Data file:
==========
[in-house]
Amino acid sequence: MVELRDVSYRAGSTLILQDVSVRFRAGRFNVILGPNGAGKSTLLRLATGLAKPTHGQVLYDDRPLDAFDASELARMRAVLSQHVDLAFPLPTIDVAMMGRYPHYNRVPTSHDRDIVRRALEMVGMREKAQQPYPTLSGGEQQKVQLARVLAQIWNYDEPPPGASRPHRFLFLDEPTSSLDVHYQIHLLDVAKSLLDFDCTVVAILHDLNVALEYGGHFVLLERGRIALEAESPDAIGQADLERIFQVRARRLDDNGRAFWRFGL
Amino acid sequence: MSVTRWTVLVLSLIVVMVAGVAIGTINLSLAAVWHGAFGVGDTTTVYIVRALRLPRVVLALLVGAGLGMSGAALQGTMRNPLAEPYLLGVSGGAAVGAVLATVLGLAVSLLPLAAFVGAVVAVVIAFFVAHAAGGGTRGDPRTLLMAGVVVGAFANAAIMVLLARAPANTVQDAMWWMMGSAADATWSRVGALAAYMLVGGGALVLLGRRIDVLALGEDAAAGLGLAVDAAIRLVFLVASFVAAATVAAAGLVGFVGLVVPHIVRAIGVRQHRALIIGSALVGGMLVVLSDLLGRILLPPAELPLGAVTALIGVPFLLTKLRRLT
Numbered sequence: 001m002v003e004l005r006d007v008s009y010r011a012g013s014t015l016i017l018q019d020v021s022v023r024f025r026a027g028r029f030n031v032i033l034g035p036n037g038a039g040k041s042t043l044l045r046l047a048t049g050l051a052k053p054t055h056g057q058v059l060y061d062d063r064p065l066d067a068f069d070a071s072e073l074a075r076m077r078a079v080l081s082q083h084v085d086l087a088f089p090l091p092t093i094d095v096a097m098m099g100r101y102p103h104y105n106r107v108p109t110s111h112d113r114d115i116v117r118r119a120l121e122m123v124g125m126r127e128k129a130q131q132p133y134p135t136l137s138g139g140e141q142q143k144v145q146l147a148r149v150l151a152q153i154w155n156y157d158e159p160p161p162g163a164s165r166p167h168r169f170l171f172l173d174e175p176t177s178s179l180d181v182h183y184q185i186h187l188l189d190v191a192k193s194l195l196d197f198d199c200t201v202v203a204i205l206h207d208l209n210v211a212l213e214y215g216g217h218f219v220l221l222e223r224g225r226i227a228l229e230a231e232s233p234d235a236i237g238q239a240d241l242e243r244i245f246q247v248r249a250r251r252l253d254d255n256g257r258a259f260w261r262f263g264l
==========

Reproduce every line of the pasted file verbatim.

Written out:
[in-house]
Amino acid sequence: MVELRDVSYRAGSTLILQDVSVRFRAGRFNVILGPNGAGKSTLLRLATGLAKPTHGQVLYDDRPLDAFDASELARMRAVLSQHVDLAFPLPTIDVAMMGRYPHYNRVPTSHDRDIVRRALEMVGMREKAQQPYPTLSGGEQQKVQLARVLAQIWNYDEPPPGASRPHRFLFLDEPTSSLDVHYQIHLLDVAKSLLDFDCTVVAILHDLNVALEYGGHFVLLERGRIALEAESPDAIGQADLERIFQVRARRLDDNGRAFWRFGL
Amino acid sequence: MSVTRWTVLVLSLIVVMVAGVAIGTINLSLAAVWHGAFGVGDTTTVYIVRALRLPRVVLALLVGAGLGMSGAALQGTMRNPLAEPYLLGVSGGAAVGAVLATVLGLAVSLLPLAAFVGAVVAVVIAFFVAHAAGGGTRGDPRTLLMAGVVVGAFANAAIMVLLARAPANTVQDAMWWMMGSAADATWSRVGALAAYMLVGGGALVLLGRRIDVLALGEDAAAGLGLAVDAAIRLVFLVASFVAAATVAAAGLVGFVGLVVPHIVRAIGVRQHRALIIGSALVGGMLVVLSDLLGRILLPPAELPLGAVTALIGVPFLLTKLRRLT
Numbered sequence: 001m002v003e004l005r006d007v008s009y010r011a012g013s014t015l016i017l018q019d020v021s022v023r024f025r026a027g028r029f030n031v032i033l034g035p036n037g038a039g040k041s042t043l044l045r046l047a048t049g050l051a052k053p054t055h056g057q058v059l060y061d062d063r064p065l066d067a068f069d070a071s072e073l074a075r076m077r078a079v080l081s082q083h084v085d086l087a088f089p090l091p092t093i094d095v096a097m098m099g100r101y102p103h104y105n106r107v108p109t110s111h112d113r114d115i116v117r118r119a120l121e122m123v124g125m126r127e128k129a130q131q132p133y134p135t136l137s138g139g140e141q142q143k144v145q146l147a148r149v150l151a152q153i154w155n156y157d158e159p160p161p162g163a164s165r166p167h168r169f170l171f172l173d174e175p176t177s178s179l180d181v182h183y184q185i186h187l188l189d190v191a192k193s194l195l196d197f198d199c200t201v202v203a204i205l206h207d208l209n210v211a212l213e214y215g216g217h218f219v220l221l222e223r224g225r226i227a228l229e230a231e232s233p234d235a236i237g238q239a240d241l242e243r244i245f246q247v248r249a250r251r252l253d254d255n256g257r258a259f260w261r262f263g264l